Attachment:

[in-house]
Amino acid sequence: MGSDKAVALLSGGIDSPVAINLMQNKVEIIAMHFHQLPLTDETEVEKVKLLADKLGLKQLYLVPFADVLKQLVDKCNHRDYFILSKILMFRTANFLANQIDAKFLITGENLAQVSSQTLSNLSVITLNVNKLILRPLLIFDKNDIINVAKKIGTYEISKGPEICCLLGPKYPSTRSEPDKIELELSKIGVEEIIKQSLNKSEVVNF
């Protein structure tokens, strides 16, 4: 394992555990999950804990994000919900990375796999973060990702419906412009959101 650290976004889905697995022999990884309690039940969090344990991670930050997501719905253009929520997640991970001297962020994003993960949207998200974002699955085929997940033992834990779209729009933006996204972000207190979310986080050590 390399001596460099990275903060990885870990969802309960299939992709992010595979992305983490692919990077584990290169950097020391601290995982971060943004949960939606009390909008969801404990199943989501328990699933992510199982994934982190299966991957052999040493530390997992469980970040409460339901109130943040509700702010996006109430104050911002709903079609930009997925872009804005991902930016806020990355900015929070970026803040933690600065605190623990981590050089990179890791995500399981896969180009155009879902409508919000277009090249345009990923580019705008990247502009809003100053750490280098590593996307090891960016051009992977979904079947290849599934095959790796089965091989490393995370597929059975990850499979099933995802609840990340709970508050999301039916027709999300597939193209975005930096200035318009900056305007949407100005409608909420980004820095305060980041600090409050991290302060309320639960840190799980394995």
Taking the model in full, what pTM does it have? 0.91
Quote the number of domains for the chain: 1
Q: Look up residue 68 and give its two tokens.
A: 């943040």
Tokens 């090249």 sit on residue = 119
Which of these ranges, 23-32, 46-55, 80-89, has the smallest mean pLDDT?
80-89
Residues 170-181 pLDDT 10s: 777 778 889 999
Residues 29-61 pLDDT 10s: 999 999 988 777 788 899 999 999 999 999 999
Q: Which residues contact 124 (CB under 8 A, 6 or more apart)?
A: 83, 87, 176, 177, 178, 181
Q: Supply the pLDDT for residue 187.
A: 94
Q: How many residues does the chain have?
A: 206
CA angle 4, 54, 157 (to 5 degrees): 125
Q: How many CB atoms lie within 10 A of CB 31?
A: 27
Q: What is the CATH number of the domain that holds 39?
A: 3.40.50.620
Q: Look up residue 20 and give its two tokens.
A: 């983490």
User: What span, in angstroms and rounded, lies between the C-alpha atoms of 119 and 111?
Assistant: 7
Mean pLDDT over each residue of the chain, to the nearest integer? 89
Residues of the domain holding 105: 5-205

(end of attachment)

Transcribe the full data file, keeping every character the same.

[in-house]
Amino acid sequence: MGSDKAVALLSGGIDSPVAINLMQNKVEIIAMHFHQLPLTDETEVEKVKLLADKLGLKQLYLVPFADVLKQLVDKCNHRDYFILSKILMFRTANFLANQIDAKFLITGENLAQVSSQTLSNLSVITLNVNKLILRPLLIFDKNDIINVAKKIGTYEISKGPEICCLLGPKYPSTRSEPDKIELELSKIGVEEIIKQSLNKSEVVNF
């Protein structure tokens, strides 16, 4: 394992555990999950804990994000919900990375796999973060990702419906412009959101 650290976004889905697995022999990884309690039940969090344990991670930050997501719905253009929520997640991970001297962020994003993960949207998200974002699955085929997940033992834990779209729009933006996204972000207190979310986080050590 390399001596460099990275903060990885870990969802309960299939992709992010595979992305983490692919990077584990290169950097020391601290995982971060943004949960939606009390909008969801404990199943989501328990699933992510199982994934982190299966991957052999040493530390997992469980970040409460339901109130943040509700702010996006109430104050911002709903079609930009997925872009804005991902930016806020990355900015929070970026803040933690600065605190623990981590050089990179890791995500399981896969180009155009879902409508919000277009090249345009990923580019705008990247502009809003100053750490280098590593996307090891960016051009992977979904079947290849599934095959790796089965091989490393995370597929059975990850499979099933995802609840990340709970508050999301039916027709999300597939193209975005930096200035318009900056305007949407100005409608909420980004820095305060980041600090409050991290302060309320639960840190799980394995």
Taking the model in full, what pTM does it have? 0.91
Quote the number of domains for the chain: 1
Q: Look up residue 68 and give its two tokens.
A: 């943040």
Tokens 């090249």 sit on residue = 119
Which of these ranges, 23-32, 46-55, 80-89, has the smallest mean pLDDT?
80-89
Residues 170-181 pLDDT 10s: 777 778 889 999
Residues 29-61 pLDDT 10s: 999 999 988 777 788 899 999 999 999 999 999
Q: Which residues contact 124 (CB under 8 A, 6 or more apart)?
A: 83, 87, 176, 177, 178, 181
Q: Supply the pLDDT for residue 187.
A: 94
Q: How many residues does the chain have?
A: 206
CA angle 4, 54, 157 (to 5 degrees): 125
Q: How many CB atoms lie within 10 A of CB 31?
A: 27
Q: What is the CATH number of the domain that holds 39?
A: 3.40.50.620
Q: Look up residue 20 and give its two tokens.
A: 């983490």
User: What span, in angstroms and rounded, lies between the C-alpha atoms of 119 and 111?
Assistant: 7
Mean pLDDT over each residue of the chain, to the nearest integer? 89
Residues of the domain holding 105: 5-205